Heirloom Tomatoes

Fresh Corn Salad – Yes, Please!

My go-to must-haves for this corn salad are always the basics – obvs corn and tomatoes. And I almost always include tomatillos. The grilled or roasted tomatillos provide the acid, and the bacon and avocados provide the fat, thereby eliminating the need for a dressing.  It’s a self dressing salad – pure genius!!!  The rest of the ingredients always vary and the proportions are flexible to taste. You can assemble all the ingredients except for greens and bacon well in advance.  Just toss the more fragile ingredients in at serving time and don’t overmix – I love the big chunky pieces of corn cut from the cob. It tells everyone you got your hands dirty.  That makes it taste so much better. What are you waiting for?

Farmstand Basil

As always, check the seasonings. If anything, I usually grab a generous sprinkle of smoked serrano salt. That’s salt and pepper in one-stop shopping – almost as brilliant as the self-dressing salad. Or Maldon salt – my flaky favorite. Fresh cracked pepper. Done.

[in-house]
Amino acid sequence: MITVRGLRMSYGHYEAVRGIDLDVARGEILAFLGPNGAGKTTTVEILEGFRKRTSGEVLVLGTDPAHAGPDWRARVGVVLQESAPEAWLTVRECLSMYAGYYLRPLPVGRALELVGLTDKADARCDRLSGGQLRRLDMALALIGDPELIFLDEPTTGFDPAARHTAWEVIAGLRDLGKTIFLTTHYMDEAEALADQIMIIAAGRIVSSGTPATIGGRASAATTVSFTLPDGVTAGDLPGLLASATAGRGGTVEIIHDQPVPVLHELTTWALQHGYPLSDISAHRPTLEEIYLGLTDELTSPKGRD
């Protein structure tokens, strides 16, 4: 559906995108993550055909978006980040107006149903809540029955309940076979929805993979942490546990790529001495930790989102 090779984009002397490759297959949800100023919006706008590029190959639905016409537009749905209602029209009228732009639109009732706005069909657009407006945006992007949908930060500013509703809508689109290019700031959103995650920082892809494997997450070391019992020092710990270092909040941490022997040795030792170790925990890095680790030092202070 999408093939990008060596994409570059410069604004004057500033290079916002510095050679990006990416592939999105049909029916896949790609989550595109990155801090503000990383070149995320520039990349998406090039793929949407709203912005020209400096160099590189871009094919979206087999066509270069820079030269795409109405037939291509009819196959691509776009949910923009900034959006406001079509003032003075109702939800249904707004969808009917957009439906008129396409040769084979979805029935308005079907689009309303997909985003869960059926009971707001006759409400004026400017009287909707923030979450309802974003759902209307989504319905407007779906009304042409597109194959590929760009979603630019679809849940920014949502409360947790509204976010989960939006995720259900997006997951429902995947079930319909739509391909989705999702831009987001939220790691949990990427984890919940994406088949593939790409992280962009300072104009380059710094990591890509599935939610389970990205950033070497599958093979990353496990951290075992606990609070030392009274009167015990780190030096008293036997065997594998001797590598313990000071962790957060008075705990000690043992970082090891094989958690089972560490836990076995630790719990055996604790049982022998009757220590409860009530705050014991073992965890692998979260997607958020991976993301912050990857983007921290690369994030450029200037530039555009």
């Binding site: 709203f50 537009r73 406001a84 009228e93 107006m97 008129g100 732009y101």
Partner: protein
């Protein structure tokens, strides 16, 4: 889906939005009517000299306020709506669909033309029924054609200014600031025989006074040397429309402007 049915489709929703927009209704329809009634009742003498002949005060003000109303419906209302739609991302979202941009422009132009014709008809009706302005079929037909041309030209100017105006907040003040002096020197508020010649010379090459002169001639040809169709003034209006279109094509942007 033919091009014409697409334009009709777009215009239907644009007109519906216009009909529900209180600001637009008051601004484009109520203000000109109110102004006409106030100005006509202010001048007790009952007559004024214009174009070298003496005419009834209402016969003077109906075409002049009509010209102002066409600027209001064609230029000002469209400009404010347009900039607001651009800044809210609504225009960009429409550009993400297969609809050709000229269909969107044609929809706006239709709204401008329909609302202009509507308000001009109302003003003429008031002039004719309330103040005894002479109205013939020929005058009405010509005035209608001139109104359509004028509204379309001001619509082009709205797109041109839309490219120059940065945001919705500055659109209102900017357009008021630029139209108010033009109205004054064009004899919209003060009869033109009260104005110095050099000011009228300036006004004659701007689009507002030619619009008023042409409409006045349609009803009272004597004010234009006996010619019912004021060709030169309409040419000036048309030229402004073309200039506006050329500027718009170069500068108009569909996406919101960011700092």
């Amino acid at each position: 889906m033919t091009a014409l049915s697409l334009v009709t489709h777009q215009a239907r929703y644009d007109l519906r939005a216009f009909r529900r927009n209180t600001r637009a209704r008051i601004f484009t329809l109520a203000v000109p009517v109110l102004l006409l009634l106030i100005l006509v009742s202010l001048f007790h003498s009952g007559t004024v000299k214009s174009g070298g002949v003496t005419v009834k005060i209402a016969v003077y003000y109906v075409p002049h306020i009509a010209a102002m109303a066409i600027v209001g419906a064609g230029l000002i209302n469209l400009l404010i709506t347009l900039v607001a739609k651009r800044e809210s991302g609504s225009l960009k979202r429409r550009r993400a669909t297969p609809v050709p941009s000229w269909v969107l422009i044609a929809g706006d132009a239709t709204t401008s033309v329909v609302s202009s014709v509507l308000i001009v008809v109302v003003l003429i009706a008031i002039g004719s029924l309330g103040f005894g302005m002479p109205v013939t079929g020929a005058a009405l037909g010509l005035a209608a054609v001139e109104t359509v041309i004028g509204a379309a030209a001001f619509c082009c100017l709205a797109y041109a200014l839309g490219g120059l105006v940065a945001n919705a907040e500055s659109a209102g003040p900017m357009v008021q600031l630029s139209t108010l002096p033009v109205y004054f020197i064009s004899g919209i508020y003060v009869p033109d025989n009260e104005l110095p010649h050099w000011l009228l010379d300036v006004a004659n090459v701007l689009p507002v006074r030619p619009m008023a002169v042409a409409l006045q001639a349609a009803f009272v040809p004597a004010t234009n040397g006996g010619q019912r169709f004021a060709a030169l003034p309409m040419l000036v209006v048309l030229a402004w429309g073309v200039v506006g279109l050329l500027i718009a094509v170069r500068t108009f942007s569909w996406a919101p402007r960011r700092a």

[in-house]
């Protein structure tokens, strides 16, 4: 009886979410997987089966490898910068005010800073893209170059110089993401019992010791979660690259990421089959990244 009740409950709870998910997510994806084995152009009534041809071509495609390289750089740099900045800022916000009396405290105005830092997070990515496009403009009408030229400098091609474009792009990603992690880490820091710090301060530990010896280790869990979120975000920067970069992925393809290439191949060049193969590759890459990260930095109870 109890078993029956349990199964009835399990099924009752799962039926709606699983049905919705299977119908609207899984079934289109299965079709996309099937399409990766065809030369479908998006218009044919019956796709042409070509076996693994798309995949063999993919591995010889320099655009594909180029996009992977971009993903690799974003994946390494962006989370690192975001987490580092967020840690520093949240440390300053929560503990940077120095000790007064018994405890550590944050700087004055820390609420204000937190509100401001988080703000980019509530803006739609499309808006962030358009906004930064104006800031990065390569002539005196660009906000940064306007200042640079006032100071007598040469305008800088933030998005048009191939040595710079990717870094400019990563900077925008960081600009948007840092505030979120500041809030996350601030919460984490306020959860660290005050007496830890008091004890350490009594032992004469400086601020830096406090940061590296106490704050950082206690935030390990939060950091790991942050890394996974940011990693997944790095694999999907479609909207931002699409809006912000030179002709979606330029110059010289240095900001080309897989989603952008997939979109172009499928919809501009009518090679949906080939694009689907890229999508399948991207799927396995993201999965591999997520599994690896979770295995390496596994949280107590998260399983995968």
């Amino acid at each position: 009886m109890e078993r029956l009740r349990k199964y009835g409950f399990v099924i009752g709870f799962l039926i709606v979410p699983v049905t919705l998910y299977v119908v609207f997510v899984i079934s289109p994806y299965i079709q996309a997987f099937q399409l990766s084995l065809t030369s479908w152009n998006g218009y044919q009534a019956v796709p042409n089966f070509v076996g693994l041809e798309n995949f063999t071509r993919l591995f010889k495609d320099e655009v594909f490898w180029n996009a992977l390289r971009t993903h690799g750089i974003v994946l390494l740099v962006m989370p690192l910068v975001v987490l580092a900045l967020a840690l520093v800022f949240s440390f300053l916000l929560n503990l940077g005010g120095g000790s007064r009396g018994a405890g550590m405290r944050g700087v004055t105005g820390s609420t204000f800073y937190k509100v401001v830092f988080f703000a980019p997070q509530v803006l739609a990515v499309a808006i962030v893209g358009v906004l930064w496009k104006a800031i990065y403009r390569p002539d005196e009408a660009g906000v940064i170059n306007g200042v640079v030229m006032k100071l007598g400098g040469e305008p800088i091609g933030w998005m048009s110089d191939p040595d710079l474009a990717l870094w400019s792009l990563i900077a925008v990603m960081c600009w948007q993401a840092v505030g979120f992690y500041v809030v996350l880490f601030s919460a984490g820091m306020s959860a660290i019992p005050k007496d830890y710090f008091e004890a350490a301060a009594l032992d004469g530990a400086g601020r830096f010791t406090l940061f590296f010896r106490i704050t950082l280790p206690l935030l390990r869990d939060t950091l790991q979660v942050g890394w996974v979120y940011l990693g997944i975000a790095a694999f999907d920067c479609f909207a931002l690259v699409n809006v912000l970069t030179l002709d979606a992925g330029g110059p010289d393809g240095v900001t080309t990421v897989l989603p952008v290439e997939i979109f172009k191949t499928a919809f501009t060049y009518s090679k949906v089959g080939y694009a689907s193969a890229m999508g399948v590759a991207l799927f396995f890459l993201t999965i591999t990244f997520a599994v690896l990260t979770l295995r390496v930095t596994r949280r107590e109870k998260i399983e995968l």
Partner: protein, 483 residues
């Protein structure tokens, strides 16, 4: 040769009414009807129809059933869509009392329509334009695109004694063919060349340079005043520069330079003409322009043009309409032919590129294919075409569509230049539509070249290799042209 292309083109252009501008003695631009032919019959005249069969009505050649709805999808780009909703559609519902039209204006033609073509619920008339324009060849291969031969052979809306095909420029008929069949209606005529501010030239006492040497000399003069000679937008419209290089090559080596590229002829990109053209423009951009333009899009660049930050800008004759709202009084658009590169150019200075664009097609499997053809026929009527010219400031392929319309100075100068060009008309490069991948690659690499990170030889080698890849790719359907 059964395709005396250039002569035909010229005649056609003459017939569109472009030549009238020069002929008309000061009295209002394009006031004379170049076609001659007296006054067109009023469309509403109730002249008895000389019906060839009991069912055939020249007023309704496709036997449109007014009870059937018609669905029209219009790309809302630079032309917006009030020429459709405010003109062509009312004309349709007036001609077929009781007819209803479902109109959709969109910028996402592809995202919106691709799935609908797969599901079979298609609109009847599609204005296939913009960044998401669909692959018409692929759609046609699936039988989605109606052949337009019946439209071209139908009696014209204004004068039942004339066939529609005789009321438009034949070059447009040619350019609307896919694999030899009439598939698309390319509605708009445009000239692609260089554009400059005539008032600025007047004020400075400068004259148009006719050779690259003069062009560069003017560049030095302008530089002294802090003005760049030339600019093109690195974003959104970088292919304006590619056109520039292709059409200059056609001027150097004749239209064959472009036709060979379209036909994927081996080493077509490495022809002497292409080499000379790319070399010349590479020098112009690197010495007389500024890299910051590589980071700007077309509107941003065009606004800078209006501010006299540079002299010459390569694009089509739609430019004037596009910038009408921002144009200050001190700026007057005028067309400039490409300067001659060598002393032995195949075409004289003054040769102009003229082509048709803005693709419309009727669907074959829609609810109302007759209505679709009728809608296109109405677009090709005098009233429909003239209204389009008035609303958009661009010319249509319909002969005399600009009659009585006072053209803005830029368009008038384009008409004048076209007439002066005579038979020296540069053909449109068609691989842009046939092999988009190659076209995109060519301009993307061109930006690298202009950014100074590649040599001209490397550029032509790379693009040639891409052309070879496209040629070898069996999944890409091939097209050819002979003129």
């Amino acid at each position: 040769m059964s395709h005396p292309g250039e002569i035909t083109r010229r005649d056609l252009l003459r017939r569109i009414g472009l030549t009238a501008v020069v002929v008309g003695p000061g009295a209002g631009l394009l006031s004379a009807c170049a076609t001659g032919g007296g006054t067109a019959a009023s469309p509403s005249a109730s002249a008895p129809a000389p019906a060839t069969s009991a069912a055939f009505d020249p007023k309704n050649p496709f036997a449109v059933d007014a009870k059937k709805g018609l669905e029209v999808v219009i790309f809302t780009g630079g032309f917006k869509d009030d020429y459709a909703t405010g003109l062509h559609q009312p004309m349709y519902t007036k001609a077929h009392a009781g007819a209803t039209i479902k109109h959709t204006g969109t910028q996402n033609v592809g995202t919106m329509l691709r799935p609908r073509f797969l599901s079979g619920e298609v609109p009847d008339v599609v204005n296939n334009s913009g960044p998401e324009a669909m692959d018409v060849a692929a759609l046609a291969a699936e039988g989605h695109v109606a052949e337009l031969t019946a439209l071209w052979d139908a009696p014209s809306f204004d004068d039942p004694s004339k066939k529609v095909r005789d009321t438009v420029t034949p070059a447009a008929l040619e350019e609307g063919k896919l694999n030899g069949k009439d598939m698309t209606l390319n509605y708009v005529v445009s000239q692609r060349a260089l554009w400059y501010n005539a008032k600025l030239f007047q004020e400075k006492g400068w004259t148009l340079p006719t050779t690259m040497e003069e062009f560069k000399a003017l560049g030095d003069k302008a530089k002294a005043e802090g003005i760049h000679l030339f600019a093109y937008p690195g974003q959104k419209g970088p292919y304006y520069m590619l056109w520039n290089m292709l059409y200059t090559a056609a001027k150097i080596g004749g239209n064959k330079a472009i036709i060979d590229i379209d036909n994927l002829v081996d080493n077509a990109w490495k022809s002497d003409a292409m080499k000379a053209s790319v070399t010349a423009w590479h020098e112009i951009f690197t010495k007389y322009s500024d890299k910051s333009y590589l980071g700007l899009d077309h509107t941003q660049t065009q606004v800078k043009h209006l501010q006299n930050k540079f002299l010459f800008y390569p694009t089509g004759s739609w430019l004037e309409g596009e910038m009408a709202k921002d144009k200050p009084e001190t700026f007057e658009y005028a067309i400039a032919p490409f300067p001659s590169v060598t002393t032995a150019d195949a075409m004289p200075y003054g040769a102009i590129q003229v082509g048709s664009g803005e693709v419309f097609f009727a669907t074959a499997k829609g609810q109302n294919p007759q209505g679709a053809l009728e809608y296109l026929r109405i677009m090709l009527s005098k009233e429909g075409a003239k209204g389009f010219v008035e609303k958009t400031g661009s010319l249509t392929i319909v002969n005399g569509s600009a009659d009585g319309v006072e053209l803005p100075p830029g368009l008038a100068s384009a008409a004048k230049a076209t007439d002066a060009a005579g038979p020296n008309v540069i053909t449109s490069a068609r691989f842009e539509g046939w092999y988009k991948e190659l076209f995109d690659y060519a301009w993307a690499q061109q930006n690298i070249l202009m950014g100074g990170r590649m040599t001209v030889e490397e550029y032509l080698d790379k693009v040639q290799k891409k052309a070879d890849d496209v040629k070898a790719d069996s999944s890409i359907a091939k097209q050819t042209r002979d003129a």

IF by some miracle you have leftover corn salad, it makes a fabulous addition to a quesadilla.  But more than likely, you too will have a guest that grabbed the serving bowl and polished it off using a giant serving spoon. 🙂

Hey hey hey – I said everything BUT the farmer. 
But anyway here’s my corn guy from Ham Family Farm – always good for a recipe or produce update.

Corn and the Farmer

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Farmers Market Fresh Corn Salad with tomatillos, avocado, and microgreens

Everything but the Farmer Farmers’ Market Corn Salad


  • Author: Katy Keck
  • Total Time: 35 minutes
  • Yield: Serves 8. 1x

Description